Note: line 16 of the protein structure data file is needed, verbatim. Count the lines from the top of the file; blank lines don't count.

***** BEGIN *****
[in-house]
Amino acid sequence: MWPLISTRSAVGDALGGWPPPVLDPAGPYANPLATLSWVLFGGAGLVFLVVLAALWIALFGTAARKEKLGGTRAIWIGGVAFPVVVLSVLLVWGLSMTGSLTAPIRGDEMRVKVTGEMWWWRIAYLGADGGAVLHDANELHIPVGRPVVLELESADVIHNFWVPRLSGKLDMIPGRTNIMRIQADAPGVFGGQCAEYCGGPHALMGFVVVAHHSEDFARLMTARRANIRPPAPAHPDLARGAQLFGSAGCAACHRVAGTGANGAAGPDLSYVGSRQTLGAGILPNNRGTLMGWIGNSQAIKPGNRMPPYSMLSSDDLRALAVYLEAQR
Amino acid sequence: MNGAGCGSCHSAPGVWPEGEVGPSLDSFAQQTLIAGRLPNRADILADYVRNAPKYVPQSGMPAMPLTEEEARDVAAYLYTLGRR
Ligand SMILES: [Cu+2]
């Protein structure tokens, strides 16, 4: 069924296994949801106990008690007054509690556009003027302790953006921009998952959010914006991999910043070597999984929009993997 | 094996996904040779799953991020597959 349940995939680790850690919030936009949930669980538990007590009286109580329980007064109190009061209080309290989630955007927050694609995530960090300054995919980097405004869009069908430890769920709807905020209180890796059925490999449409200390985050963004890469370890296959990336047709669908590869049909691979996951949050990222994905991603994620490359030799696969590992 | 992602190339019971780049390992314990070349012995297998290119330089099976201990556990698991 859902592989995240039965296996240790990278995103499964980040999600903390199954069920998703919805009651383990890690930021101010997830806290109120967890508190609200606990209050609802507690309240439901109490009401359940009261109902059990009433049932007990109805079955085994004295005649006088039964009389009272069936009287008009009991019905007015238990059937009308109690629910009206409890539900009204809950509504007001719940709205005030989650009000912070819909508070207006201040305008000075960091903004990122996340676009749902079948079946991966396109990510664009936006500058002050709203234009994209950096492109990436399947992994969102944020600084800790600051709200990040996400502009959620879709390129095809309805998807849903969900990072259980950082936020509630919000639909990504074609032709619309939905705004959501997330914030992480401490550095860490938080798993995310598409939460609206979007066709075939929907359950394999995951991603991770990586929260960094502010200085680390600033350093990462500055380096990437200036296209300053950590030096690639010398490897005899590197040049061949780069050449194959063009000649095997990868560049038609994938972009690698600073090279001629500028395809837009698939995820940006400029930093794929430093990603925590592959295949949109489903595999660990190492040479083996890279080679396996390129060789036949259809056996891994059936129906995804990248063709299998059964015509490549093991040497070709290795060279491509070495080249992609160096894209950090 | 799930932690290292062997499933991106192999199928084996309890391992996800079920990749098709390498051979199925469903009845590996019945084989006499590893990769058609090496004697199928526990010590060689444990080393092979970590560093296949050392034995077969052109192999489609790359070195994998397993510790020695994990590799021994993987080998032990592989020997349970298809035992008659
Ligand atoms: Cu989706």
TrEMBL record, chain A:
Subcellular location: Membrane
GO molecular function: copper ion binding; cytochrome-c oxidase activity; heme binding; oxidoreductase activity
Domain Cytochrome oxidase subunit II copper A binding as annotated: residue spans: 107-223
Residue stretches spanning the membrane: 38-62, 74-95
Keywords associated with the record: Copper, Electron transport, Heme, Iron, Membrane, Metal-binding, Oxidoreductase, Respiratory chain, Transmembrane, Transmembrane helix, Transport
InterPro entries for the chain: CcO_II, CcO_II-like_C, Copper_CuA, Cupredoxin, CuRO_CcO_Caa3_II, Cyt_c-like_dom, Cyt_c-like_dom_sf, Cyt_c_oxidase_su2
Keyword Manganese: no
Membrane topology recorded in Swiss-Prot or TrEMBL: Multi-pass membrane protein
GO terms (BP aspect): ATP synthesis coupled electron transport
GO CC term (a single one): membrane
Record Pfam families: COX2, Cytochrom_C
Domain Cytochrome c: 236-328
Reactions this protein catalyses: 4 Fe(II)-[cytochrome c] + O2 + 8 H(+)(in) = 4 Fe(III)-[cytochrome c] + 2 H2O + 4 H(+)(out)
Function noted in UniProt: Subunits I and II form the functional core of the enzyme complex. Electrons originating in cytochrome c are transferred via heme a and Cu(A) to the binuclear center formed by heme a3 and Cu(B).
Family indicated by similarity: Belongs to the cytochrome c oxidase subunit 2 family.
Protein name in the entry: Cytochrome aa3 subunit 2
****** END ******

GO terms (BP aspect): ATP synthesis coupled electron transport